[wptabs] [wptabtitle]Overview[/wptabtitle] [wptabcontent] film stripIN A WORLD… where publishers vie for consumer dollars, books now have flashy, effects-heavy animated or filmed preview “trailers,” just like movies. But are they a truly helpful service for time-crunched readers, or just a gimmicky way to bombard weary audiences with more advertising?

What they are: Book trailers can be slideshows of photos or images, an animated video, or a full-on filmed trailer with live actors. Often, there’s accompanying music or a narrator who introduces the story — and, of course, mentions the publisher, release date, and where you can buy the book. They are created by authors, publishers, students, and fans.

What they’re not: Audio readings of the actual text, or author interviews. Generally speaking, book trailers summarize the story and plot, but don’t usually include actual excerpts from the text (although you can often find such bonus features on an author’s website or their Amazon page).

Book trailers actually debuted in 2003. The term itself is copyrighted to Circle of Seven Productions, which publicly showed the first book trailer at a book convention in Louisiana. They’d been making trailers since 2002, but the term — and trend — really caught fire in 2005, when user-generated video uploads really took off on platforms like YouTube.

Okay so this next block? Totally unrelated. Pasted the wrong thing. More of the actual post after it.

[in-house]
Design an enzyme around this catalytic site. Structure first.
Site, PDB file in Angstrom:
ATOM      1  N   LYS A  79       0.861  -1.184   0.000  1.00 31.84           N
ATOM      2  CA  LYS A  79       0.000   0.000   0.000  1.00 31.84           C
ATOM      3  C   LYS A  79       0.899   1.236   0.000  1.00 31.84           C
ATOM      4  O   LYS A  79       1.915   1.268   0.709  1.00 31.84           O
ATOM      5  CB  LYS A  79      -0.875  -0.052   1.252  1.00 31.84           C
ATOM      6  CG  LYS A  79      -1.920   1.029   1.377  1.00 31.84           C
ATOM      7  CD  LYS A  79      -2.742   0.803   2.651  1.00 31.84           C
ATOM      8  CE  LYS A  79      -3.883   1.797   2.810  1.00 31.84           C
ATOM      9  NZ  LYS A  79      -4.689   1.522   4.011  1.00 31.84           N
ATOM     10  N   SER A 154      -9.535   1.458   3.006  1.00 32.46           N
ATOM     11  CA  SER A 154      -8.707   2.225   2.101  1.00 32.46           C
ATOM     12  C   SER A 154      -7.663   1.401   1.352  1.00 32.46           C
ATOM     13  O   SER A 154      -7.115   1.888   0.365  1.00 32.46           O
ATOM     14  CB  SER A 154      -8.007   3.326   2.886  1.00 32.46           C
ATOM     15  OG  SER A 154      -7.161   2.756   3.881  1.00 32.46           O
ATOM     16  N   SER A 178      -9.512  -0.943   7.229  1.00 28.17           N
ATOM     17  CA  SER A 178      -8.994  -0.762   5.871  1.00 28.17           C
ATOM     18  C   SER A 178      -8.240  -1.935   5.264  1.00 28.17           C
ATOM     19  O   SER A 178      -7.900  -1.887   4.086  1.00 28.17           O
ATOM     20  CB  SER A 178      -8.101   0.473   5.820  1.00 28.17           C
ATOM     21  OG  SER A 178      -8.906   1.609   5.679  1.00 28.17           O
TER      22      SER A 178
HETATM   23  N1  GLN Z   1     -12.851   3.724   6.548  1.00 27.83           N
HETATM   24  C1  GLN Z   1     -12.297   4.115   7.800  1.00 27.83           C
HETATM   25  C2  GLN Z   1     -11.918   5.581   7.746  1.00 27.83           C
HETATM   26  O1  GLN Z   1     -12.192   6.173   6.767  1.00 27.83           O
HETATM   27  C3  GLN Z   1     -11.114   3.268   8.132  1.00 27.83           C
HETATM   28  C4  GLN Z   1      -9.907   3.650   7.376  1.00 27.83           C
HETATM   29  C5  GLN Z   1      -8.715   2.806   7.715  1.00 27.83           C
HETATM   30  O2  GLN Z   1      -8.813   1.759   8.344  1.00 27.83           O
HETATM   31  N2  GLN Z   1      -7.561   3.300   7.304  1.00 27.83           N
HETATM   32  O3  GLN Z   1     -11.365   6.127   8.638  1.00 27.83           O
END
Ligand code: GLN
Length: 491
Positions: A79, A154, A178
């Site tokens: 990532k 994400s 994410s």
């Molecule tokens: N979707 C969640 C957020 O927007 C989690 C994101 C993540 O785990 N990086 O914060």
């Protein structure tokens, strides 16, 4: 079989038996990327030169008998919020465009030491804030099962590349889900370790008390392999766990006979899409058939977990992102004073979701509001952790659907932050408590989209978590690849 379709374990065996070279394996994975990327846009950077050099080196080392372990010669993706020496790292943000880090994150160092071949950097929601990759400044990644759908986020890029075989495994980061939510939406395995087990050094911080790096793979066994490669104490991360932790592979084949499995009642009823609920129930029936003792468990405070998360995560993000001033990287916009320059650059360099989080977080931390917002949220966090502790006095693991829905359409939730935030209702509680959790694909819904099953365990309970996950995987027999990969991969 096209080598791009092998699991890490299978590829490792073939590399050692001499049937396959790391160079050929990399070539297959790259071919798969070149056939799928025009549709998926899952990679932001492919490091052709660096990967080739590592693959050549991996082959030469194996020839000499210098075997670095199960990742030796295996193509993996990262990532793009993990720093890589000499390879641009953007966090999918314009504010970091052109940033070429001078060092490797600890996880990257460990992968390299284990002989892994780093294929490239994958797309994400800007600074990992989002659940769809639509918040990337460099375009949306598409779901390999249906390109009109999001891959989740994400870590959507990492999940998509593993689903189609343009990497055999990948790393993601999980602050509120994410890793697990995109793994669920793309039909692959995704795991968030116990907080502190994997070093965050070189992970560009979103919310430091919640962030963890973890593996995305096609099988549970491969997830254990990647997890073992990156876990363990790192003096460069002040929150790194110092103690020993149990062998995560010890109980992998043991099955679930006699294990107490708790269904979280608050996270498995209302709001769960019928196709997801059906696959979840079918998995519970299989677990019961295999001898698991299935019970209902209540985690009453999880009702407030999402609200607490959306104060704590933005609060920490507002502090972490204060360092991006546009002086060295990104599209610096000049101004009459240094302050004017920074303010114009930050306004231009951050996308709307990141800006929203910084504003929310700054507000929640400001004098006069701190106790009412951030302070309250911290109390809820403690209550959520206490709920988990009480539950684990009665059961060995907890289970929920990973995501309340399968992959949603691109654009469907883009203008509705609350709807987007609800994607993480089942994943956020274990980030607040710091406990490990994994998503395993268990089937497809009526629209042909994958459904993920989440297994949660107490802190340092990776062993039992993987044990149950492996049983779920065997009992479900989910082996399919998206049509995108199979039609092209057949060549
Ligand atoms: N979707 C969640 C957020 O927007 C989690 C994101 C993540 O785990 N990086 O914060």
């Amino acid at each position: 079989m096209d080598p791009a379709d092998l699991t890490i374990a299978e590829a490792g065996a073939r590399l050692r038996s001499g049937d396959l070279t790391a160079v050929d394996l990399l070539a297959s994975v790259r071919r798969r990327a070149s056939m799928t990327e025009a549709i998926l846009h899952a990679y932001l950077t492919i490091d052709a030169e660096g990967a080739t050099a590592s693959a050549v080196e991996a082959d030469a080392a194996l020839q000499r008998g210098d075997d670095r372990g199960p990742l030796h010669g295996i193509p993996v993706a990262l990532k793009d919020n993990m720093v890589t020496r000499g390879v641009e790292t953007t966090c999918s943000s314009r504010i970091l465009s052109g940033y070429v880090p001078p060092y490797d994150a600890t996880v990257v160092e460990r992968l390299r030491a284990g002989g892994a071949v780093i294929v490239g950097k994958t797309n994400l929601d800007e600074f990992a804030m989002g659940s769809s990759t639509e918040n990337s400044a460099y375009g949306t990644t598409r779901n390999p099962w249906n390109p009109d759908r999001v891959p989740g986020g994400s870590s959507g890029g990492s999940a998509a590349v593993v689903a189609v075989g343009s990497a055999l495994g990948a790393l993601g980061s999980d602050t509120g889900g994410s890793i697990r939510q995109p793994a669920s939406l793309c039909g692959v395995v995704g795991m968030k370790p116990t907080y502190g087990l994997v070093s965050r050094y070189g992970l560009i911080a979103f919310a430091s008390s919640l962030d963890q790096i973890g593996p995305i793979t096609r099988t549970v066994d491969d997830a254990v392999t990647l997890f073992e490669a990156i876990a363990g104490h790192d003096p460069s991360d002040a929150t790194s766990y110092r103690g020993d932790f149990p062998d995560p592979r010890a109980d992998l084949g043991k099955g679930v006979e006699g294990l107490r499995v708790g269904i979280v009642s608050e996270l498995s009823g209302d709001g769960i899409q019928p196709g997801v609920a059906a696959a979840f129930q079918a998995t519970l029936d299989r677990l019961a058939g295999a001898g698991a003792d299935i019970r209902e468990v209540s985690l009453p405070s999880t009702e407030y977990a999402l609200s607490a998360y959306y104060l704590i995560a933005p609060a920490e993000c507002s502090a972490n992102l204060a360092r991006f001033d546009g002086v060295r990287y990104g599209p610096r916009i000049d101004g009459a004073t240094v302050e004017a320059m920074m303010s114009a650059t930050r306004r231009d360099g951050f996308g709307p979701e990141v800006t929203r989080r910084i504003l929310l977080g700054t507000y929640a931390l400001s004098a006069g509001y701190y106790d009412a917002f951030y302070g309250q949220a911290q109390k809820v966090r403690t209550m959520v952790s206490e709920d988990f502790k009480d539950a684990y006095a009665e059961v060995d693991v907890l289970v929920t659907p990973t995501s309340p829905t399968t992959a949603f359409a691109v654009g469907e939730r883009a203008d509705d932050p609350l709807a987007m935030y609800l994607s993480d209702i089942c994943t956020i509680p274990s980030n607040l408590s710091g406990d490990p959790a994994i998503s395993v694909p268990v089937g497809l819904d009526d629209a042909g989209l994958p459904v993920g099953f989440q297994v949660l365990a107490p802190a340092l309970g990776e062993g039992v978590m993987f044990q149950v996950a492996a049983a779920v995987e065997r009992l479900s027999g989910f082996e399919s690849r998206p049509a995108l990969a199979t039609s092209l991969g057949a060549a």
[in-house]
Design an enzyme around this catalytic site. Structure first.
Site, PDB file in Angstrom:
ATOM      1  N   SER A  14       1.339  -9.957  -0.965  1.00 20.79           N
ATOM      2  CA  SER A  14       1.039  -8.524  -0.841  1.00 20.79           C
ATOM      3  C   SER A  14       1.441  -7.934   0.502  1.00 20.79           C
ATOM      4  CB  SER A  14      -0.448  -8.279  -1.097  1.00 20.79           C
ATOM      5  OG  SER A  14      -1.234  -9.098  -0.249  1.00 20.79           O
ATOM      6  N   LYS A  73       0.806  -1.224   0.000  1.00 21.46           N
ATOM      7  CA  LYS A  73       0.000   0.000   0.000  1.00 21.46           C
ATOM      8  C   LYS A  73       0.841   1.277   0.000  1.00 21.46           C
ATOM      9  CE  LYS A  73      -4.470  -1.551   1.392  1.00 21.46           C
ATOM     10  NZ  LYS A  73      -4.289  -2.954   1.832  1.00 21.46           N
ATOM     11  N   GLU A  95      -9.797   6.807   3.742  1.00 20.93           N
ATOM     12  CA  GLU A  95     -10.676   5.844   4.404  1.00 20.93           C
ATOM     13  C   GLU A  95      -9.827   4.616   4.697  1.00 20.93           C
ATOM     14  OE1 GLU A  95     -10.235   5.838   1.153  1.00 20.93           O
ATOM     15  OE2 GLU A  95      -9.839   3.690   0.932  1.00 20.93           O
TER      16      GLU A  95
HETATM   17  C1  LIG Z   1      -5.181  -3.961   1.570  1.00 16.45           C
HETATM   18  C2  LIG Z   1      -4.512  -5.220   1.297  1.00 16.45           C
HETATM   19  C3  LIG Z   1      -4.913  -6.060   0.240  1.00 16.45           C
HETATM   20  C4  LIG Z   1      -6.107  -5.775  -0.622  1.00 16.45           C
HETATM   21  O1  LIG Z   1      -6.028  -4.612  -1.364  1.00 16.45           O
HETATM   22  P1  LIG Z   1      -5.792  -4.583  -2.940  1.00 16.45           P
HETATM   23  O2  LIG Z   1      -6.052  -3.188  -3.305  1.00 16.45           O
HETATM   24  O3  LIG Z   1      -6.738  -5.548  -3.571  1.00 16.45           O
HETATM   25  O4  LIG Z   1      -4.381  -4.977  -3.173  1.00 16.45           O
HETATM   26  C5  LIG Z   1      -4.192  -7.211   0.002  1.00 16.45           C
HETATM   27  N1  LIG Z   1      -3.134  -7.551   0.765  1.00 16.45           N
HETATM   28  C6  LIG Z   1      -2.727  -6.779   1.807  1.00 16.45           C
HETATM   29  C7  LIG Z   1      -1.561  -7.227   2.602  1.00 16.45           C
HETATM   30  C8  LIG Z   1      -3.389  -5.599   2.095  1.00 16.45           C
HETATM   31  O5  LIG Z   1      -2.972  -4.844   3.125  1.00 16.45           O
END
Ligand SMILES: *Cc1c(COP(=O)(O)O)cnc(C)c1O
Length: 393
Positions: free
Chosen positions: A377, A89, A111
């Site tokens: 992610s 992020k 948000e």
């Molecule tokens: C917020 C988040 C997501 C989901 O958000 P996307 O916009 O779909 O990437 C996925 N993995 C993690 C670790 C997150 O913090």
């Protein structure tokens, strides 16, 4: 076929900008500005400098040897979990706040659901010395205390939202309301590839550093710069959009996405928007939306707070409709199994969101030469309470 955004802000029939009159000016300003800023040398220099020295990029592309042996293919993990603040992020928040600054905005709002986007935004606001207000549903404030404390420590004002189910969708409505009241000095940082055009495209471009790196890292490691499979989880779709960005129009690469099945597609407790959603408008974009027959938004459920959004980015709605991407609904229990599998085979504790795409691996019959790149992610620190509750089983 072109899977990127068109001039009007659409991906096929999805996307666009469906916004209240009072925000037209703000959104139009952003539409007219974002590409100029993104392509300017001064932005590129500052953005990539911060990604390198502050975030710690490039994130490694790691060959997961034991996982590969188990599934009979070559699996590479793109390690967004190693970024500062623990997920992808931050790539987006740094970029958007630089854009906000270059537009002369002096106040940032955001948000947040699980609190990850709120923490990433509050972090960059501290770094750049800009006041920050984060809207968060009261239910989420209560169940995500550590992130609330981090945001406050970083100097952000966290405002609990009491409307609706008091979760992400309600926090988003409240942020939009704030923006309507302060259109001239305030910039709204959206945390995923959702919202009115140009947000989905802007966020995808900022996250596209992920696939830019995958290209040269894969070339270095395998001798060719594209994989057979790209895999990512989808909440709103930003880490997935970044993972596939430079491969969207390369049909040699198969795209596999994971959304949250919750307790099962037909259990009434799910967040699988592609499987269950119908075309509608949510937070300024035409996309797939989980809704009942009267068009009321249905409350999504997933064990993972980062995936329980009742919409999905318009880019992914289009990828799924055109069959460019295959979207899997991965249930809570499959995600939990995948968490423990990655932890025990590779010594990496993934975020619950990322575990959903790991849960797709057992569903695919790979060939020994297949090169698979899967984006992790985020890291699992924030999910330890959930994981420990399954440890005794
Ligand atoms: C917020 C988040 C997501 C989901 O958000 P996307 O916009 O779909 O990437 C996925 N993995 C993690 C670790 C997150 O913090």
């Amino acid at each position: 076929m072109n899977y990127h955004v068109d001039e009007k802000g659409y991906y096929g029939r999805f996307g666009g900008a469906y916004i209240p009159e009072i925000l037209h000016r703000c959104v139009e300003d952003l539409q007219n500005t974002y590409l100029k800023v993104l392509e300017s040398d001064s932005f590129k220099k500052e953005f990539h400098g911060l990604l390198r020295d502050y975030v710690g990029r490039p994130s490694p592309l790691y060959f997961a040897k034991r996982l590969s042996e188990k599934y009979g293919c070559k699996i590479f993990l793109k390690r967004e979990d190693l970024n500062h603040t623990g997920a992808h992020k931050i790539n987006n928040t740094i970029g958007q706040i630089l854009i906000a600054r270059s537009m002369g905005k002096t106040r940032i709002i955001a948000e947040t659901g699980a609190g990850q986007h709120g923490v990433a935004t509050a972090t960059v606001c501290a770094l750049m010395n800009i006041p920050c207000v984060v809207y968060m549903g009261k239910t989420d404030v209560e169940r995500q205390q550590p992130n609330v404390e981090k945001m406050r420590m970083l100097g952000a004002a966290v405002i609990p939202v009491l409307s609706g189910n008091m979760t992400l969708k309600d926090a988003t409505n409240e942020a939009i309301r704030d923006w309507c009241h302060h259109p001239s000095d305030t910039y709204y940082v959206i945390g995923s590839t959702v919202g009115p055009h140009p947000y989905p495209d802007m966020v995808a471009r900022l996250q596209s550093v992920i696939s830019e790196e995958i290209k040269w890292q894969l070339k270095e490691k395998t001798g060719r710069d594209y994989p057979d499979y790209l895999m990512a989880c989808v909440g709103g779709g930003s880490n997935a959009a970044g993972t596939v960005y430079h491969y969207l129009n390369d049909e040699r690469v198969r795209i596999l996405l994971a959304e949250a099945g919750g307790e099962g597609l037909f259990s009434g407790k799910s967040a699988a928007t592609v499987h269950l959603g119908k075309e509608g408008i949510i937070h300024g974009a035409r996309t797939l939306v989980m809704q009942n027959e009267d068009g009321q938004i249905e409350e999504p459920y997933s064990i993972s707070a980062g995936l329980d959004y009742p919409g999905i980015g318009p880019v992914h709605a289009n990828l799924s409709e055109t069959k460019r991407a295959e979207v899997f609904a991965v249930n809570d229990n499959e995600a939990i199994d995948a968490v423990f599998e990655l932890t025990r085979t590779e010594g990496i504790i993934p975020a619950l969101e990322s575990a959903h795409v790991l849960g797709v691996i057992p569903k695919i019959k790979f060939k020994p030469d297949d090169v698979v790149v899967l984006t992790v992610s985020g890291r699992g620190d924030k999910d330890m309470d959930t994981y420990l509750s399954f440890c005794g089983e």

Click to the next tab to see our hand-picked book trailers and reviews.

There are even book trailer awards! In 2007, the School Library Journal created the Trailee Awards for the best book trailers. Three categories are awarded: author/publisher-created, student-created, and librarian/adult-created. The 2012 awards were presented in Dallas, TX, at the American Library Association’s midwinter meeting.

“Book trailers raise awareness about the big power of little books to reach readers,” said Katie Davis, the 2012 Trailee winner in the author-produced category for a trailer she created for her book Little Chicken’s Big Day. Critics, however, say they’re gimmicky and a dumbed-down approach for selling books, not to mention the distinct reek of desperation wafting from struggling print publishers.

I was initially dubious, but I’ve come to appreciate that book trailers, when appropriately used, can be a good thing. For a strongly visually-oriented book, a video is worth a thousand-word review. A clever trailer idea can add an extra layer of meaning, cultural allusion, or personal connection with the book’s protagonist by directly addressing the potential reader. And when bestselling books become hit movies, book trailers could be a valuable way to introduce loyal fans to similar stories they’re likely to love.

Do you seek out book trailers for your favorite authors and highly-anticipated titles? Would you be taken aback if you went to the movie theater and they showed a book trailer? Or would it be a valuable way to learn about upcoming books similar to the movies you enjoy?

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Stephanie Perry
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